I will gladly do so.

First - the number of times we receive a phone call from a client and are informed of a hardware repair needing warranty service, for which we simply ship the container for the customer is an extremely low number. Instead, the vast majority of our "technical support" cases involve quite extensive exchanges of information, painstaking diagnosis and troubleshooting, elimination of variables, etc. Many times technical support issues are resolved for our clients by us over the phone (or via email, etc). A sampling of technical support calls over a 4 week period showed about 70% of them were settings/software/usage related and about 30% of them hardware related (meaning some hardware repair potentially was needed). However even in hardware cases, before we just ship a box to Copenhagen, the unit comes to our facility and we put it through our own testing and diagnosis in an attempt to confirm/isolate/dispose of the problem. Sometimes this results in the problem being resolved. No - we do not generally perform hardware repairs on digital backs - at least we don't open them up and replace components. We do perform hardware resolution.

This is just a part of the story. Since digital backs are inherently more complex in usage than 35mm DSLR's - which for the most part, just do what they do within their own enclosed environment - a substantial amount of our technical support actually turns more into technical instruction and guidance. Our clients are constantly taking their digital backs and using them on a multitude of various camera with various lenses, all with their own unique formulas for success (and failure).

This is probably one of the most significant elements of end user experience that separates us from a B&H, etc. In many cases, we know more about a product than the manufacturer does (in terms of real world usage with all the various options). Further, this covers every model in the segment, both new and legacy models that go back generations, due to the accumulation of real world performance and usage data culled from supporting thousands of clients using these products for years.

Our clients never have to have any contact with the manufacturer at all - it's not as simple as my LCD no longer turns on, it's almost always far more complex and lends itself to interpretation, and it's never you vs the manufacturer. The most important factor in my opinion is that our mode is to solve the problem. We didn't make the product. We don't feel any need to defend it or to abstain from responsibility for the performance or lack of it. Our objective is the satisfaction of the client for the benefit of what often is a very close and long term relationship.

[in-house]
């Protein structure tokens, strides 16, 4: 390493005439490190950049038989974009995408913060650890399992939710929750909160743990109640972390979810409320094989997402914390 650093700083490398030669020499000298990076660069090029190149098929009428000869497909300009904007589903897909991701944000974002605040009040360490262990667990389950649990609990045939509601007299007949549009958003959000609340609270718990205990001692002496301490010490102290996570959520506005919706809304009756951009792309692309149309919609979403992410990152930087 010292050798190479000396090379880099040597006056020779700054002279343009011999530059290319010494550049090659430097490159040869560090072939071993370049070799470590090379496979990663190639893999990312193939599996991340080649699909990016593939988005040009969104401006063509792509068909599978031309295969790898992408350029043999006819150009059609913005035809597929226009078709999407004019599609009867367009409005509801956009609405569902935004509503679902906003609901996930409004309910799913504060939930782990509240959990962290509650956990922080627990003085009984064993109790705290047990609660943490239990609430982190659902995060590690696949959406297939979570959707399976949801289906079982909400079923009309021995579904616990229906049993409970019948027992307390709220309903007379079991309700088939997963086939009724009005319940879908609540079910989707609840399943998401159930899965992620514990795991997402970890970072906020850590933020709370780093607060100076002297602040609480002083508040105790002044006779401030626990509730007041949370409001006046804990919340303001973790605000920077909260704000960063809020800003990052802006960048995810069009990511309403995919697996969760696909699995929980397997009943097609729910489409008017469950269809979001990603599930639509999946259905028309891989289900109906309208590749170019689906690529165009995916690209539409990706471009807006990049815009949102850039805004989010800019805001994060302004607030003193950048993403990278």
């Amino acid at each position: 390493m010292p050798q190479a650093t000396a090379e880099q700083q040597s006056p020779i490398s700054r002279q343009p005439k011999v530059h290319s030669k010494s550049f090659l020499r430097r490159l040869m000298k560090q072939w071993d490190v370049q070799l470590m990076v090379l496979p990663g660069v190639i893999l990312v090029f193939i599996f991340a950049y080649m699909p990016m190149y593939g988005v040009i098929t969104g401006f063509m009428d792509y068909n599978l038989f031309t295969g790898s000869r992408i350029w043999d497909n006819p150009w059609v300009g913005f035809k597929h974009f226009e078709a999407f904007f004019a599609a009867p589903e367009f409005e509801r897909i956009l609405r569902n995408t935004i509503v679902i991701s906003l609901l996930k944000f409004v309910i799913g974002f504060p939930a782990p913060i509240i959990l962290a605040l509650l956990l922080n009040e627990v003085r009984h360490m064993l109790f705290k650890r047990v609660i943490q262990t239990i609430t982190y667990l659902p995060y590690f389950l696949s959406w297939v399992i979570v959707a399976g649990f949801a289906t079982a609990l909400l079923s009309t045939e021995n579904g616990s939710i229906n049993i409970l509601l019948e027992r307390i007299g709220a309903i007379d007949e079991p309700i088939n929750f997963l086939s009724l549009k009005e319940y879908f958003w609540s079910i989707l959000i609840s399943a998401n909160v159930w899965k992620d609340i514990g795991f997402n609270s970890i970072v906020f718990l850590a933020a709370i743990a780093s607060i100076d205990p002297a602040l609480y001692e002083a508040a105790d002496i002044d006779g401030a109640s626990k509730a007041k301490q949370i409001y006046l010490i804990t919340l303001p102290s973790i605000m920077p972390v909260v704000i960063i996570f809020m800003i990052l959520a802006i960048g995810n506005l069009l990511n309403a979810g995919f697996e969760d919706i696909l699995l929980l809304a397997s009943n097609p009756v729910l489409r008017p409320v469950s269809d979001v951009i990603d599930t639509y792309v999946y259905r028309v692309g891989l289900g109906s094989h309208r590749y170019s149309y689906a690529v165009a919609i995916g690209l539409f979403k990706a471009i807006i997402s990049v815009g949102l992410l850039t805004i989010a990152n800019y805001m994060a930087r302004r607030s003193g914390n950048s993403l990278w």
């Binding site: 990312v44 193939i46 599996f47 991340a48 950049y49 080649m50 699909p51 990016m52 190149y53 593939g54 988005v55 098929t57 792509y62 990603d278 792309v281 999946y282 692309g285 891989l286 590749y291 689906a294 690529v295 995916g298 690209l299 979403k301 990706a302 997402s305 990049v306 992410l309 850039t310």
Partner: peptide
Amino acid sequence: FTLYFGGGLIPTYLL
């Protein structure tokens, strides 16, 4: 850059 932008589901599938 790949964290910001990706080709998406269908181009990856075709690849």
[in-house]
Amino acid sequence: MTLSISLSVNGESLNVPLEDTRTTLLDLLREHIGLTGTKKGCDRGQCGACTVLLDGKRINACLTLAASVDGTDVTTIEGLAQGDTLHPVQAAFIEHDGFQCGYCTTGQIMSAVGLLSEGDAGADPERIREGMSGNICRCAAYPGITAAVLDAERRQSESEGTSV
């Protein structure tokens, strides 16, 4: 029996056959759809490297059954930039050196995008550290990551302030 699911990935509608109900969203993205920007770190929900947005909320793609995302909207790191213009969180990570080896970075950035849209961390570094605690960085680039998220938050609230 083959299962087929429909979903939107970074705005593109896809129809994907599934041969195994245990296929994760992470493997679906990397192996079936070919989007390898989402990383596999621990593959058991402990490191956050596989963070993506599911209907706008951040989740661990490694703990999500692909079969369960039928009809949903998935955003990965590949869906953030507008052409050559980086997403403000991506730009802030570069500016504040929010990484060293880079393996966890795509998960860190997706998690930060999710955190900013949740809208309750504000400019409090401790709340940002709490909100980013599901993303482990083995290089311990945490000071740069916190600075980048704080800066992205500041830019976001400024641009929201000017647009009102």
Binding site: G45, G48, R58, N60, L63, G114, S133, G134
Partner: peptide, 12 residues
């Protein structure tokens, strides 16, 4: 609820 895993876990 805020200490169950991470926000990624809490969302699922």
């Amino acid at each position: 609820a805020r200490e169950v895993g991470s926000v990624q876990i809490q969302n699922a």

I hope that does shed some light.


Steve Hendrix
Capture Integration
« Last Edit: May 15, 2013, 05:26:34 PM by Steve Hendrix » Logged

Steve Hendrix
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« Reply #71 on: May 15, 2013, 05:23:57 PM »
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Steve -
I couldn't be more supportive of the benefit a good dealer can provide to this mix.... but there are a few things that stand out in your well written response above. Before others jump in, perhaps you could clarify:

- what is "hardware resolution" if you don't tinker with the hardware?
- for the 30% needing hardware attention, do they go back to Denmark, or are there some cases of this you can fix locally?
- do you think the accumulated "memory" of different installations at a major dealer can rival P1 own internal understandings?

It wouldn't be surprising: car dealers used to know more about the real issues with the cars than the manufacturers of limited production vehicles, and indeed, the factories tended to rely on them. One need only think of Sean Reid's input to Leica as another example of this in the photo world - sometimes the manuf. needs outside inputs.

Thanks for your inputs on this most important part of chain.

Geoff
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Geoff
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« Reply #72 on: May 15, 2013, 05:42:25 PM »
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Steve -
I couldn't be more supportive of the benefit a good dealer can provide to this mix.... but there are a few things that stand out in your well written response above. Before others jump in, perhaps you could clarify:

- what is "hardware resolution" if you don't tinker with the hardware?
- for the 30% needing hardware attention, do they go back to Denmark, or are there some cases of this you can fix locally?
- do you think the accumulated "memory" of different installations at a major dealer can rival P1 own internal understandings?

It wouldn't be surprising: car dealers used to know more about the real issues with the cars than the manufacturers of limited production vehicles, and indeed, the factories tended to rely on them. One need only think of Sean Reid's input to Leica as another example of this in the photo world - sometimes the manuf. needs outside inputs.

Thanks for your inputs on this most important part of chain.